A is for Aden and Z is for Zanzabar

A is for Aden and Z is for Zanzibar... Now what is between? For the world wide classical era philatelist and stamp collector, a country specific philatelic survey is offered by the blog author, Jim Jackson, with two albums: Big Blue, aka Scott International Part 1 (checklists available), and Deep Blue, aka William Steiner's Stamp Album Web PDF pages. In addition, "Bud" offers commentary and a look at his completely filled Big Blue. Interested? So into the Blues...

Friday, June 21, 2019

Côte d'Ivoire (Ivory Coast) - Bud's Big Blue

Dr. Noël Eugène Ballay
A Jules-Jacques Puyplat design
Bud's Big Blue
Bud's Observations
Few Ivorean stamp designs depict anything specific about the Ivory Coast. The femme Baoulé (spelled Baloué on the stamps) with coffee branches (Scott #s 112-117) and the unnamed river rapids scene (Scott #s 119-128) are the only possibilities for the classical era. Well, maybe the river scene (Scott #s 42-77) qualifies, too, but who knows? The rest are overprints or common designs. 

So, I’ll limit my comments to the striking designs of the 1906-7 series that the Ivory Coast shares with other west African colonies: Guinee, Mauritania, Senegal, Upper Senegal and Niger, and Dahomey.

That they’re striking surprises no one who knows the work of engraver Jules-Jacques Puyplat. His skill graces French colonies pages throughout BB. He scratched his signature only on the higher values of this series (see above, lower right corner), but the unsigned low values are clearly by his hand. Typical for Puyplat, his designs often leap beyond the stamps’ outer frame.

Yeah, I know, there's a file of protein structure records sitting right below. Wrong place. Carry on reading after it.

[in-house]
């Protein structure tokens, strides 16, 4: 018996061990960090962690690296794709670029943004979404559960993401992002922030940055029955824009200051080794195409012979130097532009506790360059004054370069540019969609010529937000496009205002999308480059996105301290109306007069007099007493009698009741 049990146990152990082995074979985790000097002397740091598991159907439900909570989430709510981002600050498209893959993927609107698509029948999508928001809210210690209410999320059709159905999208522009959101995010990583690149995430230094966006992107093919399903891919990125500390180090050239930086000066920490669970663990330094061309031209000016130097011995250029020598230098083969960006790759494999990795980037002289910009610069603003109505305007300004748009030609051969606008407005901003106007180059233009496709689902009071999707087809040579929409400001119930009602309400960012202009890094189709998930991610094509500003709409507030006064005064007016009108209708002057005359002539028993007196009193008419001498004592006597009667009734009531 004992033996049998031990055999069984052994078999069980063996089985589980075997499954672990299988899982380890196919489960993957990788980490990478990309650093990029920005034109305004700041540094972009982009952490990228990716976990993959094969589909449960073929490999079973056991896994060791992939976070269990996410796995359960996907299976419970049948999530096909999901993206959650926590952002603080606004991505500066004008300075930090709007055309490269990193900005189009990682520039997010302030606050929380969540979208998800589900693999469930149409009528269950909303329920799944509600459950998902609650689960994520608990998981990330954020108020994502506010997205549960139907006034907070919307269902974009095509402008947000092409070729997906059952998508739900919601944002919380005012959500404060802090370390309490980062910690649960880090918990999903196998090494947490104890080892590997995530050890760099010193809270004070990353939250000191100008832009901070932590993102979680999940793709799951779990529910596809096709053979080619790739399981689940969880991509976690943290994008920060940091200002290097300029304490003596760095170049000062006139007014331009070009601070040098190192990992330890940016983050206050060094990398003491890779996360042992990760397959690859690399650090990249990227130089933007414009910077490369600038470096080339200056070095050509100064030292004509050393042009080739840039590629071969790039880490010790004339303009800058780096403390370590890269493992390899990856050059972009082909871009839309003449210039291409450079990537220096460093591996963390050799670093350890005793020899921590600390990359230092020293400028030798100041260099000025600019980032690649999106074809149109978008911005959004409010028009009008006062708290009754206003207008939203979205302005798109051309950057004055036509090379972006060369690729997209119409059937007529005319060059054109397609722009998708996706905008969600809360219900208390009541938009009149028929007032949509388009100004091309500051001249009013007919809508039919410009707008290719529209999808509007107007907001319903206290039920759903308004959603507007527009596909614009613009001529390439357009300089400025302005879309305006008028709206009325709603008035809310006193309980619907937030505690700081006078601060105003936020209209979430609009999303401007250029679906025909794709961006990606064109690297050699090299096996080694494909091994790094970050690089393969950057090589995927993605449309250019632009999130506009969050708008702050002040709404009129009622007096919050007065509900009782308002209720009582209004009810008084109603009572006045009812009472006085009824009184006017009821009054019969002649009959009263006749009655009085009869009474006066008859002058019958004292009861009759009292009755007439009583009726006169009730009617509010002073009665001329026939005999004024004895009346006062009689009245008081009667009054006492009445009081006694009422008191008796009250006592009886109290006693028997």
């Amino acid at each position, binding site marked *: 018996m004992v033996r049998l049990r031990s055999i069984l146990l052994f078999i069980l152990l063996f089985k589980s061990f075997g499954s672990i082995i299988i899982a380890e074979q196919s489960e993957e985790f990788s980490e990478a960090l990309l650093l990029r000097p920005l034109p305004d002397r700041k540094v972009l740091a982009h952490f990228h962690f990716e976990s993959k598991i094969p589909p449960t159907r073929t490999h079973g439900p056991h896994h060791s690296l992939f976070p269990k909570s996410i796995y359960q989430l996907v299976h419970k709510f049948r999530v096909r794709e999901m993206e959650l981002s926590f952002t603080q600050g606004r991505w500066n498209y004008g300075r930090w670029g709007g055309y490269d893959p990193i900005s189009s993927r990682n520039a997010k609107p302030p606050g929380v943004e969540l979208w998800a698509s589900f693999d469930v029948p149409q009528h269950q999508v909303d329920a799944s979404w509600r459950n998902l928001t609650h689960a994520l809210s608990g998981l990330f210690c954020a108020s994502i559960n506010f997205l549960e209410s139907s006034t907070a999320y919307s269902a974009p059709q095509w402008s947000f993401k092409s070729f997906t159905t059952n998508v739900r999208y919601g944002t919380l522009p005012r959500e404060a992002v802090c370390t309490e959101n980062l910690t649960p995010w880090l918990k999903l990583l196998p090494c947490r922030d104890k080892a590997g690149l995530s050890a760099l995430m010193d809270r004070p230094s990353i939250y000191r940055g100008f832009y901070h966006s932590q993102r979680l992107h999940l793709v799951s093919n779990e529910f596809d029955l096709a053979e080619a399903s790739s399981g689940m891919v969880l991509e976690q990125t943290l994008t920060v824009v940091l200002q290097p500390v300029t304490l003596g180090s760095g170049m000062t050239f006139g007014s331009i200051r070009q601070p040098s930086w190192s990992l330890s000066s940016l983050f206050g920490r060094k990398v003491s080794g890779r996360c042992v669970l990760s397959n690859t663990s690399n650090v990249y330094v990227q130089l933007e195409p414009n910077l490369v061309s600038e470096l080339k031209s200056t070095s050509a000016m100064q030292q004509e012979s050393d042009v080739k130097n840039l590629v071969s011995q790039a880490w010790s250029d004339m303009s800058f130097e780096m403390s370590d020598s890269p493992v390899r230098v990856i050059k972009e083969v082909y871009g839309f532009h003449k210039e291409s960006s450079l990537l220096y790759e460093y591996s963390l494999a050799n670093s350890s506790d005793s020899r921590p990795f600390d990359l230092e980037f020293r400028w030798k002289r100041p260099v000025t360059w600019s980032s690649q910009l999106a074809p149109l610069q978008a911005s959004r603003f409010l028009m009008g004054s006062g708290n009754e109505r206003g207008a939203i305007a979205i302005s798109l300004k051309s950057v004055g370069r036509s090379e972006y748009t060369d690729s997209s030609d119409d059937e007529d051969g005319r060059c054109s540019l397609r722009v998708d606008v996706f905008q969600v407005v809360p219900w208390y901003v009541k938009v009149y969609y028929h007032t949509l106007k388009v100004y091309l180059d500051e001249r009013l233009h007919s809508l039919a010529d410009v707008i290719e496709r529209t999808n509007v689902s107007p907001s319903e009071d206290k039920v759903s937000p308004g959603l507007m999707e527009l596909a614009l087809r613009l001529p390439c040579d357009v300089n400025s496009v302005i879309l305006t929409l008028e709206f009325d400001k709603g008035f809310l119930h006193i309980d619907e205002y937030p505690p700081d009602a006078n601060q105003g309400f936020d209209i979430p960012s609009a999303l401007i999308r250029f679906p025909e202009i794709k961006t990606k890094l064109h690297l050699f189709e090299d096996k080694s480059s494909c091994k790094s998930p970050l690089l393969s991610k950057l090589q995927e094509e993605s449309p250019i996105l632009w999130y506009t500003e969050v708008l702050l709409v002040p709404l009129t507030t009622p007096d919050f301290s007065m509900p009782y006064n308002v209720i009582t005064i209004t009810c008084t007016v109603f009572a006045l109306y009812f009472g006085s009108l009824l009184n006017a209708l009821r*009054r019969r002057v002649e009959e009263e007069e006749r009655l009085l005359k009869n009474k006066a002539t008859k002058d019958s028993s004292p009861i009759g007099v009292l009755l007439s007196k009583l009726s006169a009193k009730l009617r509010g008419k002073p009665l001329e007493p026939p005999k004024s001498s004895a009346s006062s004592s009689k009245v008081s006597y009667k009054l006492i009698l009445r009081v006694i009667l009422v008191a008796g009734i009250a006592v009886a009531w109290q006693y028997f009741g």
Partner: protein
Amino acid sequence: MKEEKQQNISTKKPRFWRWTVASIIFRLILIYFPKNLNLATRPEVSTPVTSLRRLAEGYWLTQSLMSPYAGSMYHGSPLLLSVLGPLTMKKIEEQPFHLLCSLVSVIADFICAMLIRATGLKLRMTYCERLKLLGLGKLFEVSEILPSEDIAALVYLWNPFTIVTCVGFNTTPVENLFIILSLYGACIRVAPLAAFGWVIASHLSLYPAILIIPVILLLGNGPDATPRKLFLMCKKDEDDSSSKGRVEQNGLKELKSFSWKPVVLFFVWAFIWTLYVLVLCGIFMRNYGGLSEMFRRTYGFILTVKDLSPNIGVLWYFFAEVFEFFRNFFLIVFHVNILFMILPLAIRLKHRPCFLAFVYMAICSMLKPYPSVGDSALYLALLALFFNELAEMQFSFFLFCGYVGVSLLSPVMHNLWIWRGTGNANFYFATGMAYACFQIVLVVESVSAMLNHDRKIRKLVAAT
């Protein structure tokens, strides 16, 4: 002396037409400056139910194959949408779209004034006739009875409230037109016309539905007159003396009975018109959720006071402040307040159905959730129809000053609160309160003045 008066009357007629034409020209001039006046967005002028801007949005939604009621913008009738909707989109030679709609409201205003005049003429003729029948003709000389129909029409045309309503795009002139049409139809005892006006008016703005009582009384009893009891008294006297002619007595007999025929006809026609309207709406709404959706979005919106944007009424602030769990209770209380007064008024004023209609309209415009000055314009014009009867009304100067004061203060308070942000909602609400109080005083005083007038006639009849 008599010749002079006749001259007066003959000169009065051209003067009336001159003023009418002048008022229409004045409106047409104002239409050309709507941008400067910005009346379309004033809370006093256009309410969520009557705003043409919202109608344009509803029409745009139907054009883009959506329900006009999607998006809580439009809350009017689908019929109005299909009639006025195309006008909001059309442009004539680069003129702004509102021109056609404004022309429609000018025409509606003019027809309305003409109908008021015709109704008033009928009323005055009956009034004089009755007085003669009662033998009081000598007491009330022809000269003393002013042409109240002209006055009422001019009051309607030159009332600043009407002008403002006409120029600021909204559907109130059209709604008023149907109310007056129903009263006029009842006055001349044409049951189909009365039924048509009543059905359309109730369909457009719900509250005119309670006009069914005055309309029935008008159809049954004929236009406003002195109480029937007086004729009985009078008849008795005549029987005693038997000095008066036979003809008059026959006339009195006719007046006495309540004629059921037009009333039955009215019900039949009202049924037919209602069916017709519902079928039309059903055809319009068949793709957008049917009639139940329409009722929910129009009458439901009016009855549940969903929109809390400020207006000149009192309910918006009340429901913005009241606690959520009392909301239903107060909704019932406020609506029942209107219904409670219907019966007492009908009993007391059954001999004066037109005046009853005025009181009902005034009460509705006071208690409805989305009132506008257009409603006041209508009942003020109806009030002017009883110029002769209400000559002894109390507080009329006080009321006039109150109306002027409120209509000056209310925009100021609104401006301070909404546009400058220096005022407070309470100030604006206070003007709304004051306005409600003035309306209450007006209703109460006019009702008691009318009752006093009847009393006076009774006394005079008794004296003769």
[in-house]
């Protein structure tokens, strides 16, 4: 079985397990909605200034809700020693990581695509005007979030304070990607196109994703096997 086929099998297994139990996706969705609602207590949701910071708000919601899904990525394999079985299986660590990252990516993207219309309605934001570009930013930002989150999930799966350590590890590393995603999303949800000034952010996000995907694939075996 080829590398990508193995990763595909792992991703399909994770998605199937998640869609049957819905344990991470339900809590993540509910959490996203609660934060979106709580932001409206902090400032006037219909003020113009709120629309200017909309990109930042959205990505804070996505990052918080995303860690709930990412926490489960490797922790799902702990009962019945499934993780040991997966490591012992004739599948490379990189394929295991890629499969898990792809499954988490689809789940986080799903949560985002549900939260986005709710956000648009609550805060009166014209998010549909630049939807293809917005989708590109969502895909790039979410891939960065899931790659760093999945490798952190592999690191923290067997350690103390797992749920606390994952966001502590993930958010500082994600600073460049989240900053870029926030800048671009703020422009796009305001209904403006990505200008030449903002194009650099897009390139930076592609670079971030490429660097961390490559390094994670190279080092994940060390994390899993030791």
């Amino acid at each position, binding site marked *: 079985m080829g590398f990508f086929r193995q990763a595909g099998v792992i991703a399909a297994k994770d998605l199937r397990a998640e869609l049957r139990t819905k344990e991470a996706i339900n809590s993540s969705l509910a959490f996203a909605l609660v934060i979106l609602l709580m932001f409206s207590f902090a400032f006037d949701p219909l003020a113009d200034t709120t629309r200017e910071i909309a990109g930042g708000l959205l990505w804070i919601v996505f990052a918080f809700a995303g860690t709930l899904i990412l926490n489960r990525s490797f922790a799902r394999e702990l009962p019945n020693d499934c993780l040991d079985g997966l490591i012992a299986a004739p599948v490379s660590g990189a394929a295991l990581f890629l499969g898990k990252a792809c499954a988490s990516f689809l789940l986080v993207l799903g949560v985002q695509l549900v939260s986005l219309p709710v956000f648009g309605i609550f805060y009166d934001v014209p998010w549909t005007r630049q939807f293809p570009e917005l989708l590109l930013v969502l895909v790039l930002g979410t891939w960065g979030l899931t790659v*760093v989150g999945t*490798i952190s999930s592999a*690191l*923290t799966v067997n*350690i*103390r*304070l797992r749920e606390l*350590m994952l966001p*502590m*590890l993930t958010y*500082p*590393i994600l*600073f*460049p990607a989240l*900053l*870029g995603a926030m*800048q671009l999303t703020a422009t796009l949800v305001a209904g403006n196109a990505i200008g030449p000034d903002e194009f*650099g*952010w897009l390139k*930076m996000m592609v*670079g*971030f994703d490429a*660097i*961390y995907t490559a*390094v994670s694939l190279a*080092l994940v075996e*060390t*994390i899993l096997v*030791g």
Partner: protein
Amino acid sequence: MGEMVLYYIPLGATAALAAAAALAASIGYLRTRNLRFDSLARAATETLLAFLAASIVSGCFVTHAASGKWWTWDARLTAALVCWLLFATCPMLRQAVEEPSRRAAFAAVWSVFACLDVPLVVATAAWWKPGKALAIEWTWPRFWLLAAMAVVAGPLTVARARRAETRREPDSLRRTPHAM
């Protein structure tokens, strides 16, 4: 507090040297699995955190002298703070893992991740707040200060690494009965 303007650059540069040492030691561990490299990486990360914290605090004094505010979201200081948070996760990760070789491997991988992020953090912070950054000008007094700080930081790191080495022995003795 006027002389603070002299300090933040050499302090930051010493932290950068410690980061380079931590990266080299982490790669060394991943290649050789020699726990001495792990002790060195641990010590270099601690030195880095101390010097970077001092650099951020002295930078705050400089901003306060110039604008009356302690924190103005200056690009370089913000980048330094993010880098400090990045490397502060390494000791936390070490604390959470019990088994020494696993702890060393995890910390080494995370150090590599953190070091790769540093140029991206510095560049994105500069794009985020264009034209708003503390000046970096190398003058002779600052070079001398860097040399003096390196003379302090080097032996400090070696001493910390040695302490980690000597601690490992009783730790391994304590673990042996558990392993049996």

Such is the case for the four stamps of this series allotted BB spaces. Protruding palm branches surround General Louis Léon César Faidherbe who, as he is usually portrayed, wears a kepi or chasseur cap. The bridge in the background, named for him, links Saint-Louis, Senegal, to the mainland. Faidherbe was Governor of Senegal from 1854-61, and again 1863-65.

The mid-range values in this series feature an oil palm (see supplement page). Ivory Coast has millions of oil palm trees, and farmers still manage to squeeze profits from them despite keen international competition. The oil ends up in soaps and biofuel.

The top of the range honors Dr. Noël Eugène Ballay (above) -- physician, naval officer, poet, explorer and, in sequence, governor of Gabon, French Guinea, and French West Africa. He died in 1902 while in office “of a fever which was not diagnosed, since there was no longer a doctor in St. Louis [Senegal] qualified to do so."1 Likely it was yellow fever. Note the ubiquitous oil palm trees in the background and the semi-nude, a French colonial stamp cliché.

Curious, isn’t it, that neither Faidherbe nor Ballay are named on their stamps, nor, for that matter, is the oil palm.

Census: 128 in BB spaces, three tip-ins, 37 on supplement pages.

1Geneviève G..Beslier, Le Sénégal. Paris: Payot, 1935. P. 205.

Jim's Observations
French trading posts along the West African coast along the Gulf of Guinea, namely Assinie and Grand Bassam, were established in the 1840s, and the territory was put under a French protectorate. As part of the European "Scramble for Africa", Côte d'Ivoire (the proper French name)  became a French Colony in 1892-93. 

But all the tenuous arrows and linkages found on the French sphere African map were administratively put together as "French West Africa" in 1904. French West Africa was actually administered by a single Governor based in Senegal who reported directly to the Minister of Overseas Affairs in Paris.

Ivory Coast Blog Post And BB Checklist

Page 1




Page 2




Page 3




Page 4




Page 5



Page 6




Page 1

Page 2

Comments appreciated!

No comments:

Post a Comment